The CJN contacted Ellis’ legal office for comment but did not receive a reply by deadline.

When The CJN contacted the defendant, Kimberly Hawkins on Dec. 28, she also declined to comment, except for calling the reporter a “bitch” and “trash” and a “squatter” and sending a photo of an Israeli soldier who had recently been killed in the fighting in Gaza.

‘Not about the money’: DeLuca

During the trial, held Sept. 11-13, 2023, DeLuca’s lawyers initially asked for between $375,000 to $500,000 in damages. However the judge ordered a reduced award.

She found that DeLuca was not “cancelled” and did not lose his high-profile job with Citytv, mainly because he was able to mitigate the damage to his reputation by addressing his own substantial social media audience and explaining his position to them. He also did an interview at the time with Breakfast Television to address the controversy.

“Mr. DeLuca did not reference any statements from anyone who indicated they were no longer prepared to hire him. There was no evidence on any loss of clients, or lost earnings. He gave general evidence that he may not have grown his business as much as he could have, but he did not indicate how much he earned, or what he expected his business growth to be compared to what it has been,” the judgement said.

In the end, the court awarded DeLuca $85,000, which included $10,000 in punitive damages, which the judge said was to deter others and to show the court’s “outrage” over Kimberly Hawkins’ conduct, and her “abhorrent posts”.

The court also heard that DeLuca did make his own comments and posted something years ago online about a young Palestinian speaker.

It was 2019, and DeLuca was commenting about an upcoming talk by a teenaged Palestinian activist scheduled to take place in Canada.

According to the judge, DeLuca “appeared to be mocking her name and suggested that her family were terrorists or had participated in massacres.”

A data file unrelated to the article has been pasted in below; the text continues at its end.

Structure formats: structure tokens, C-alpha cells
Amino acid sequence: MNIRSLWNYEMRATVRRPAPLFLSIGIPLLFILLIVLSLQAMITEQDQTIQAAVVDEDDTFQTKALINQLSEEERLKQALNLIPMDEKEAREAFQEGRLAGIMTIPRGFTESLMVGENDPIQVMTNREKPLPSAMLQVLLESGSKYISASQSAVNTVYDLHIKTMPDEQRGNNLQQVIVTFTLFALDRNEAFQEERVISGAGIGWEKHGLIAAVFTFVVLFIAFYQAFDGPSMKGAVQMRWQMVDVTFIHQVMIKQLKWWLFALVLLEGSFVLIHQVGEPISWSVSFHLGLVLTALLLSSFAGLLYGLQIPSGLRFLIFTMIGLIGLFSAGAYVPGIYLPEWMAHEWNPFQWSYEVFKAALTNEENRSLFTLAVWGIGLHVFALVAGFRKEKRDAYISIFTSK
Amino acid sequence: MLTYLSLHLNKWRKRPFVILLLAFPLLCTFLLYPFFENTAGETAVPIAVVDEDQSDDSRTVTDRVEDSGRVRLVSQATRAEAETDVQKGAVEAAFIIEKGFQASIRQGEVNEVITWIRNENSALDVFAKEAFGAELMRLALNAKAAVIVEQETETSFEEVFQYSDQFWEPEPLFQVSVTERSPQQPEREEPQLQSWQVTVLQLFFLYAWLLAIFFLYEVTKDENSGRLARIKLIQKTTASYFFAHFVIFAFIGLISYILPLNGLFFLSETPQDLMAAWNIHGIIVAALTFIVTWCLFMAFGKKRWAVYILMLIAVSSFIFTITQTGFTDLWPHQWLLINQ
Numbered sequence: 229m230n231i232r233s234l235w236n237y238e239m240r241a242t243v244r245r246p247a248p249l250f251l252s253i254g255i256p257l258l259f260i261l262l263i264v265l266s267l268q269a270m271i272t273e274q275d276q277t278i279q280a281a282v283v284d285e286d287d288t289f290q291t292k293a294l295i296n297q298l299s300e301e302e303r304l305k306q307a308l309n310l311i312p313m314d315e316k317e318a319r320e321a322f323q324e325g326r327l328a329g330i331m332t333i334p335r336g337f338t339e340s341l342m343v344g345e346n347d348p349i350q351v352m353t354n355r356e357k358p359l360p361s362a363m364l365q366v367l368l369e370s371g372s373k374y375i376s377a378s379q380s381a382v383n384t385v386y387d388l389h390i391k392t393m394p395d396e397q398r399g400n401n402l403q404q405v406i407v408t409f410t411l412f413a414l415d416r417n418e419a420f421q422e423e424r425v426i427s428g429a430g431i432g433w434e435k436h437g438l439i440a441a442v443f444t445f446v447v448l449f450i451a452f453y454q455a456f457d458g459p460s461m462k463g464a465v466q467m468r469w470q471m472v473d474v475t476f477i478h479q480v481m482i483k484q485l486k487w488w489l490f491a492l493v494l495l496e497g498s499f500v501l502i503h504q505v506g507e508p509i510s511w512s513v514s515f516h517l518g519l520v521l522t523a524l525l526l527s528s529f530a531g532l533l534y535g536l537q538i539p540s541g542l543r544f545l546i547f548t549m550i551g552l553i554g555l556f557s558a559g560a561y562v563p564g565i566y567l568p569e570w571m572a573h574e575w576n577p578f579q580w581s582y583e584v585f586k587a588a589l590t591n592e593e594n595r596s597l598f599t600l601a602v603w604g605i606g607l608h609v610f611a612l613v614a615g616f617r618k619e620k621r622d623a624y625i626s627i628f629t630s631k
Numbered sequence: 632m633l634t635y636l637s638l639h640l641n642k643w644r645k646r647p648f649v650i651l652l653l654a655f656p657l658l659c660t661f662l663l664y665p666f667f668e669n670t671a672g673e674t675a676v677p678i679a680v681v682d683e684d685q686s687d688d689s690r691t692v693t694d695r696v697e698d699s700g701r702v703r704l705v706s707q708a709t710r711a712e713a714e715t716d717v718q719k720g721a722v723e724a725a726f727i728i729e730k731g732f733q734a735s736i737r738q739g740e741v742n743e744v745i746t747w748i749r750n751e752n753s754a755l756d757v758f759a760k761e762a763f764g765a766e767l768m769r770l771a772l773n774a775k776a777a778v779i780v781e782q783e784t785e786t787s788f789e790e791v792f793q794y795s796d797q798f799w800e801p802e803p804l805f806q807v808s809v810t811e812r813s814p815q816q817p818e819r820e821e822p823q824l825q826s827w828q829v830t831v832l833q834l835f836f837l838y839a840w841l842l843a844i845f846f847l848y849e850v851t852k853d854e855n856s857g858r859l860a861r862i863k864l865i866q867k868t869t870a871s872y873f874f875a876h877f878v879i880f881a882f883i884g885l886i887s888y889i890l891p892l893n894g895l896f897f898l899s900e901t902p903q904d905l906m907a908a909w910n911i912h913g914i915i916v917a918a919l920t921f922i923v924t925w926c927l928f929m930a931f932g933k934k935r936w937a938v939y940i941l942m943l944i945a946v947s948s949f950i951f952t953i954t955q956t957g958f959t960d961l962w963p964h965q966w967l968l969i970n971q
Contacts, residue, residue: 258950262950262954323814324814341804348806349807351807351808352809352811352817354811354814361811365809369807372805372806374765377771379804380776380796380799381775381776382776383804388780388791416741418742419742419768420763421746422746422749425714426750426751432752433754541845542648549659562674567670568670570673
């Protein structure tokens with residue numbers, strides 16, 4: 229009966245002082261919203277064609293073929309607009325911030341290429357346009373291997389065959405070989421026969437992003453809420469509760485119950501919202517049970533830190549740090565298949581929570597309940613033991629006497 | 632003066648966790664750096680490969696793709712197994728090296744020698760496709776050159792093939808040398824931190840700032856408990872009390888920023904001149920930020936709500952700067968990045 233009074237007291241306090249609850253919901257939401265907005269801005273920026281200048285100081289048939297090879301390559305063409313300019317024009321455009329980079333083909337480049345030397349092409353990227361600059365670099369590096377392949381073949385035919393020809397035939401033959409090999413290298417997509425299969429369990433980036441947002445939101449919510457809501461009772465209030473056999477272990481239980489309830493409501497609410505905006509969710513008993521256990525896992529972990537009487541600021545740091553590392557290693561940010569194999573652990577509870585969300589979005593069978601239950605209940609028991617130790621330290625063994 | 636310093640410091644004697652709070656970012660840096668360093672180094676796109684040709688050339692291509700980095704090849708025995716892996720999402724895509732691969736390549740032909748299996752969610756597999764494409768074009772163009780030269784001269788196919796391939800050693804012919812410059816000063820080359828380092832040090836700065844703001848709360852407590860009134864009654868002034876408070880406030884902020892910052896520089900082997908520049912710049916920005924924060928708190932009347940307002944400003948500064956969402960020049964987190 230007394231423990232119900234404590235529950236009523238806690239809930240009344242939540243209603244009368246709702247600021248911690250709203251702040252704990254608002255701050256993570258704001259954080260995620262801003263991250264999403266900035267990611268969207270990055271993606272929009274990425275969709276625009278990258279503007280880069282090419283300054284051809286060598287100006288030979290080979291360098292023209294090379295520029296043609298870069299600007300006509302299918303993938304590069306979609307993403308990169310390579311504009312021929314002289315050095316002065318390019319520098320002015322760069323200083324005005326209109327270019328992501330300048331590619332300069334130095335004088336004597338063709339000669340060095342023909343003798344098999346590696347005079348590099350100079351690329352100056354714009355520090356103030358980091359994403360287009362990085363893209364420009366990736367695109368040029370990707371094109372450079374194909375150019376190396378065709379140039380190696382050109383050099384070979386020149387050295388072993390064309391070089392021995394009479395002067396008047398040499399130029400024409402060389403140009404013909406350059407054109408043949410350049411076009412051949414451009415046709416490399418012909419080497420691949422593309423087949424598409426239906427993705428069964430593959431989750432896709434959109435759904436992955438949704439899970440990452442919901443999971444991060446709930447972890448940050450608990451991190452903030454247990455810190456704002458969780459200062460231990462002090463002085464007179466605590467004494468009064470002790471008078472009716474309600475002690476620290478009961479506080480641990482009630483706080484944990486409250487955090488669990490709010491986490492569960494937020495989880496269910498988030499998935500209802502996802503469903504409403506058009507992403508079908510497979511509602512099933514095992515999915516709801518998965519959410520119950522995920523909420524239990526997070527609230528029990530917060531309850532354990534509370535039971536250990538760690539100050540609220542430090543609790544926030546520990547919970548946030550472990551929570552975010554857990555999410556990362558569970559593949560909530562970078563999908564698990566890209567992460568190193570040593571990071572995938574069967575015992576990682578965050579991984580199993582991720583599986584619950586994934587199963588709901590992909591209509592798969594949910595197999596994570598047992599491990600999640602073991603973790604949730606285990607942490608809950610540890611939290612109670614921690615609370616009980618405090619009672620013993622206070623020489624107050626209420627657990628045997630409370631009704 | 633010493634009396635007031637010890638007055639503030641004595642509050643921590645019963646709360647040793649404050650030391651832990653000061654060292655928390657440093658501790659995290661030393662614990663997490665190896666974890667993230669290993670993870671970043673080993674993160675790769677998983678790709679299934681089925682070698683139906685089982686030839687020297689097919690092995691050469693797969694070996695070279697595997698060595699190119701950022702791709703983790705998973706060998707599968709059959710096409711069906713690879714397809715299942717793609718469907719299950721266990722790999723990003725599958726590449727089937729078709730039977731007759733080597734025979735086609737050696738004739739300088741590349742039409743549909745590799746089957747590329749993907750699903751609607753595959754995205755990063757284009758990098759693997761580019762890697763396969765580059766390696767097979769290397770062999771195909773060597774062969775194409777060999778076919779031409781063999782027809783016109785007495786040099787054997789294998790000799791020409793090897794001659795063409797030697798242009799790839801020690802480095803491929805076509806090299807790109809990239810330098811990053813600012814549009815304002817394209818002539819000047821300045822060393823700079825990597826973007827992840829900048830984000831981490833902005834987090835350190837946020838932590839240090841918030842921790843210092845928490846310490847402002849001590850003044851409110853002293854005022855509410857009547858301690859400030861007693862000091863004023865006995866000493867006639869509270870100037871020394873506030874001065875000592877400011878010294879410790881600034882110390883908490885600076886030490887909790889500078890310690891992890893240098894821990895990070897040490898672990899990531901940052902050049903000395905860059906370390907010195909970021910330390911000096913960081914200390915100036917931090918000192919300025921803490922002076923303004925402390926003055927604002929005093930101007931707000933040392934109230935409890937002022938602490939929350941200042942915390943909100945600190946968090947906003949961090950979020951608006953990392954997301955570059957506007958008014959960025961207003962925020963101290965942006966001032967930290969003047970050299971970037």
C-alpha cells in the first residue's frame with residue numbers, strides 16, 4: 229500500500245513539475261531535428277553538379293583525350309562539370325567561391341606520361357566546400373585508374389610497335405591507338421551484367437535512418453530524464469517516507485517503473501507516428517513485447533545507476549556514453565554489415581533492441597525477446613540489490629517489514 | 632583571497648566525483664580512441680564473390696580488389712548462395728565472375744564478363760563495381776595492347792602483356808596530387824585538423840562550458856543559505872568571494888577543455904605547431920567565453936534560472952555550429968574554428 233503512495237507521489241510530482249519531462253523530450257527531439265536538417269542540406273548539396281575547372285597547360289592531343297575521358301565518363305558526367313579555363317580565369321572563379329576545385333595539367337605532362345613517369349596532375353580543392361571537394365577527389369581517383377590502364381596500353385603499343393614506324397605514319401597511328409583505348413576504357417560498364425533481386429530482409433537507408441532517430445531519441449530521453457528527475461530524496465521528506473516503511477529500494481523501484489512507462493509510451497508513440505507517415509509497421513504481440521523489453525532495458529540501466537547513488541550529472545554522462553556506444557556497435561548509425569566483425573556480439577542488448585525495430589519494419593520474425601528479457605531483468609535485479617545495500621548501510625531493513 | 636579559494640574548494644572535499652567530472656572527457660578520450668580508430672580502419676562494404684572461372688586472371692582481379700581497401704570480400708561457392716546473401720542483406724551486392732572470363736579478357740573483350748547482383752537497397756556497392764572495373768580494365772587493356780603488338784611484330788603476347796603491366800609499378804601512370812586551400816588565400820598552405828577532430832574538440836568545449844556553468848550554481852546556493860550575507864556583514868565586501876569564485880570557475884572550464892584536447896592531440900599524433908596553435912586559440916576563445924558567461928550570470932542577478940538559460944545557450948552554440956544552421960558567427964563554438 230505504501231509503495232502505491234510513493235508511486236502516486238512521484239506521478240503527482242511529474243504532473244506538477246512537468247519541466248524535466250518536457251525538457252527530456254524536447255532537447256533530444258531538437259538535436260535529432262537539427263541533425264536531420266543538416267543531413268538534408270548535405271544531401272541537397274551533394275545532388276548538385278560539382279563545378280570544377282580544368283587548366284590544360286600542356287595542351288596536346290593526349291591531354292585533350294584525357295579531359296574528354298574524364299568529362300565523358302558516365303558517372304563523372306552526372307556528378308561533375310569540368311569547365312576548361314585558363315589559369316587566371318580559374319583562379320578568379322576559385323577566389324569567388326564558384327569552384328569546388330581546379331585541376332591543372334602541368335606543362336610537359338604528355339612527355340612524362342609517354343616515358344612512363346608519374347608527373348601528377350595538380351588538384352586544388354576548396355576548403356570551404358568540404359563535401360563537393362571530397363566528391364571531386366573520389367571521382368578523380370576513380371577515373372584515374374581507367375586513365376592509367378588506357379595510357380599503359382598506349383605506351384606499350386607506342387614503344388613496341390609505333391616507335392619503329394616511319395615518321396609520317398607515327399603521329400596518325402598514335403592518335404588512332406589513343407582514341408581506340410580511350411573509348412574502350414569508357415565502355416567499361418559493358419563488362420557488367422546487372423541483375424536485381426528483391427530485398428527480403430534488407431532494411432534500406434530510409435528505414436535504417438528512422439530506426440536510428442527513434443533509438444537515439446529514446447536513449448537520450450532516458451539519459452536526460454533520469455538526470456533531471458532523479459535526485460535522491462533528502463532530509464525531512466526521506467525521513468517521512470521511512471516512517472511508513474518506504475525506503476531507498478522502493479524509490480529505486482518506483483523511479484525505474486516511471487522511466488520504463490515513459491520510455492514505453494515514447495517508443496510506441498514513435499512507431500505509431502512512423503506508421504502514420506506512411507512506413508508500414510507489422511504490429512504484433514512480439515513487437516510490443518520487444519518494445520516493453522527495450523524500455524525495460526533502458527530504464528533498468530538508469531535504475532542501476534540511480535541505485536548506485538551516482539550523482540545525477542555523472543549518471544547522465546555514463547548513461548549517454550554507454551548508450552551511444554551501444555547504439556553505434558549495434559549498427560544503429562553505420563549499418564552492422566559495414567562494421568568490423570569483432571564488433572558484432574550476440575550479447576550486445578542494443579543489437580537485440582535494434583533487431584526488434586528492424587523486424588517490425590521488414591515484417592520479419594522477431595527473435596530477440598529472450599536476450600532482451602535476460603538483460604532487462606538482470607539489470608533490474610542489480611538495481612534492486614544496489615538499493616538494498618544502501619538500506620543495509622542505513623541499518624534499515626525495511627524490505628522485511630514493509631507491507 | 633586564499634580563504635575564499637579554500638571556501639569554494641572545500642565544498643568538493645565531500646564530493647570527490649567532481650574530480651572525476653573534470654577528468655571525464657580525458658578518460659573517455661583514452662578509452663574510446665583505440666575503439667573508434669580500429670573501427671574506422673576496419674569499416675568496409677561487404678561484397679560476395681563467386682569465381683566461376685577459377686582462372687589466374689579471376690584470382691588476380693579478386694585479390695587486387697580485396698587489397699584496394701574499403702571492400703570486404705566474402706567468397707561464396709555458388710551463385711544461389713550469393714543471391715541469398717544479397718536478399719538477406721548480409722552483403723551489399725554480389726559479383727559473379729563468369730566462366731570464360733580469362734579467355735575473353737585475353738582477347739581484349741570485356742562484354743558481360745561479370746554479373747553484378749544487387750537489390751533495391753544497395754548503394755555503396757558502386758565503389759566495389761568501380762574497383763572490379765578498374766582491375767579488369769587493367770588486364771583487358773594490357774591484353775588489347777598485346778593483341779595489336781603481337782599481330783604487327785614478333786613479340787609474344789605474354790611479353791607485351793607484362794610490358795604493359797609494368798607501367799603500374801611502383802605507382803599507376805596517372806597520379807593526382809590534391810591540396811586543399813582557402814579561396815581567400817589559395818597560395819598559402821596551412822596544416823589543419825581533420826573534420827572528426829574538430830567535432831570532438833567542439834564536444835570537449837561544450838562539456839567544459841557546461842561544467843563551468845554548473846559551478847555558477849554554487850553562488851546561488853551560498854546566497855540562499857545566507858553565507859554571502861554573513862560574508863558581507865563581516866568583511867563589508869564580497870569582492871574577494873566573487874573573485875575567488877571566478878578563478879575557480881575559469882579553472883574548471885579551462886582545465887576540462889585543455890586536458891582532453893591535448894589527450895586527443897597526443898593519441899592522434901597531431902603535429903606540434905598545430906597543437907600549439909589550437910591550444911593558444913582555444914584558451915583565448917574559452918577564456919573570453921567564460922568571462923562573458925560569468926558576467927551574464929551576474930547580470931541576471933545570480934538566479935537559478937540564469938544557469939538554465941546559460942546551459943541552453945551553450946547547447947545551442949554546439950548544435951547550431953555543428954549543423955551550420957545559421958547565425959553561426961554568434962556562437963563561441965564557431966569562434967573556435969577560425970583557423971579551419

However the judge refused to accept this post as proof that DeLuca is a racist who “visciously hates Palestinian people”, as Hawkins’ legal team suggested during the hearings.

While DeLuca maintains the lawsuit was never about the money, it isn’t clear whether the restaurant owner will even be able to pay it, or the court costs. Hearings on those costs are set for January.

Hawkins testified that her business was being targeted at the time by members of the Jewish community, especially the now-disbanded Jewish Defense League, and had been repeatedly vandalized.

Her lawyer, Stephen Ellis, has called what happened to his client as “When the Israel Lobby Comes for You”, the headline of an article he wrote in December 2021.

In his story, he described the Jewish community as “mendacious, vindictive, and violent agents of the Israeli state”.

“This is an insider’s look at an organized smear campaign designed to destroy the reputation and livelihood of a person who showed sympathy to the Palestinian people,” he wrote, referring to Hawkins.

More legal cases ahead

Today, the Instagram account belonging to the former restaurant owner still says “Zionists not welcome”. It also announces she is going to the Ontario Human Rights Tribunal in January 2024 to “fight IHRA”.

Meanwhile, her legal troubles are not over. She has another hearing set for mid-February 2024 at the same Ontario Human Rights Tribunal, involving a 2020 complaint filed by Toronto resident, Barbara Bank, who was a former chair of the Centre for Israel and Jewish Affairs (CIJA). That complaint alleges discrimination and violation of Ontario’s Human Rights Code over Hawkins’ “Zionists not welcome” policy at the former restaurant.